Israel will be good experience for Gaffney, Lasme
Tony Gaffney might not be a Los Angeles Laker, but that doesn’t mean his career is over. Same goes for several other Massachusetts men’s basketball players.
In fact, many of them play overseas and make a pretty good career for themselves. In the past few years, Italy and France have been some of the more popular places for former Minutemen. Recently, that pipeline from Amherst is leading to Israel.
It started last year with Dante Milligan and continues this year with Gaffney and Stephane Lasme.
Milligan played for the Israeli league (known as the Basketball Super League) with Kiryat Ata before getting waived due to the team’s financial problems. Lasme will play for BSL champion Maccabi Tel Aviv and Gaffney will bring his game to Hapoel Galil/Gilboa.
I was fortunate enough to cover that league when I went there last semester to study abroad and intern for an Israeli newspaper so I have an idea of what they’re getting into.
First of all, Israel is one of the safest places in the world to play basketball even though the news sometimes makes it seem otherwise. Several European countries have riots breakout in the middle of the game while the American players worry about being mugged.
Israel has security at every major public venue and crime is very low compared to most foreign countries, so the chance of anything happening that would compromise an athlete’s safety is minimal at best.
It is also a warm environment (both in weather and getting along with teammates) for American players, especially with the work ethic that Gaffney and Lasme have. Besides Maccabi, nearly every non-Israeli on the rosters are American and everyone speaks English so there’s not a lot of culture shock to get used to.
Unlike many of the European leagues, there aren’t a lot of Israelis competing for roster spots to begin with. Only three active players are actually good enough to play in Euroleague or the NBA (Omri Casspi, Lior Eliyahu and Yotam Halperin) and none of them are playing in their home country this year.
Most of the Americans were decent college basketball players and just missed making the NBA so the competition is at a pretty high level. Gaffney is joined by the BSL’s top player, Jeremy Pargo (Gonzaga) and Brian Randle (Illinois), who has a similar gritty style of play the former Minuteman has.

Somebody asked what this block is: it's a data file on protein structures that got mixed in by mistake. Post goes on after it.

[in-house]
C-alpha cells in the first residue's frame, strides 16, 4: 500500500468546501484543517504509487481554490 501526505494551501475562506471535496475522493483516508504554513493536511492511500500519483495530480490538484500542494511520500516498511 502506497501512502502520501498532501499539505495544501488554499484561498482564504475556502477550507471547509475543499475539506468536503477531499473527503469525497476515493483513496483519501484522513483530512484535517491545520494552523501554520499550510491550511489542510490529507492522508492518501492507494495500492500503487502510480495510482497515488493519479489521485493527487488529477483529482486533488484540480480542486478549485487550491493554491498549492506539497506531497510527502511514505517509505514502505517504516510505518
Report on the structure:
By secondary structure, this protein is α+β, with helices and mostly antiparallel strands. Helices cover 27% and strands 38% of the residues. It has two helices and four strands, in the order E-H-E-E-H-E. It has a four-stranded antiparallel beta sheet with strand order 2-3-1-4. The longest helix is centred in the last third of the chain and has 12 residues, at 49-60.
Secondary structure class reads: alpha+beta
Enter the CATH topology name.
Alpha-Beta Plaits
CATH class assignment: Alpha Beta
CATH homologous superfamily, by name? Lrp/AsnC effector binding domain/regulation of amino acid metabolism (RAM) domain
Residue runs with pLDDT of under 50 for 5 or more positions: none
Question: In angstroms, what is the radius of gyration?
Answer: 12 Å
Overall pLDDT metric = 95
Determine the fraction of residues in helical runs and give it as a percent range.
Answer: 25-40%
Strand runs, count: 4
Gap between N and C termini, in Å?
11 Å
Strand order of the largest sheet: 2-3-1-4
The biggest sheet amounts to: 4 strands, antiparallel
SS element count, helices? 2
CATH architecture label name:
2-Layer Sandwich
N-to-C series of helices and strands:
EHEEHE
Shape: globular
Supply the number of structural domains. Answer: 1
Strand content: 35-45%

Lasme has more than enough company to help him grow into a better player despite coming in at a time when Maccabi is rebuilding its roster. He is surrounded by players who know what it takes to be successful in Israel such as David Blumenthal, who played for Tel Aviv when it won the Euroleague Championship in 2004, and Doron Perkins, who arguably was one of the best point guards in Israel last season.
Even if not all the names are recognizable, they share a similar motivation to these former UMass players who help make the Israeli league as competitive as it is now.
That makes it very easy for players like Gaffney and Lasme to get playing time compared to Europe because native players receive preferential treatment over anyone from the U.S. This is why a solid NBA player like Josh Childress didn’t put up great numbers for his first year in Greece.
Israel has also helped players succeed as NBA players, which is the ultimate goal for both Gaffney and Lasme. One of the recent success stories from Israel is Will Bynum.
The Georgia Tech point guard went undrafted out of Georgia Tech in 2005 and played a brief stint with the Golden State Warriors and signed with Maccabi the very next season. His performance in Israel got him a job with the Detroit Pistons and he currently averages 11 points per game coming off the bench.
Israel isn’t the best place for everyone. The top would-be high school senior Jeremy Tyler chose to go to Israel for two years with the goal of going No. 1 in the 2011 NBA Draft instead of finishing high school and playing in college for a year.
He scored two points in his first three games playing for a team called Maccabi Haifa, but instead of taking the opportunity to mature overseas, he has been isolated by his coach and teammates for being too arrogant and lazy.
However, neither UMass player has any sort of resemblance to Tyler. Both played four years of college basketball, weren’t highly recruited out of high school, but worked hard enough to receive NBA consideration.
There’s not one Israeli who would complain about sitting on the bench behind a player like that.
Adam Miller is a collegian columnist and can be reached at email@example.com.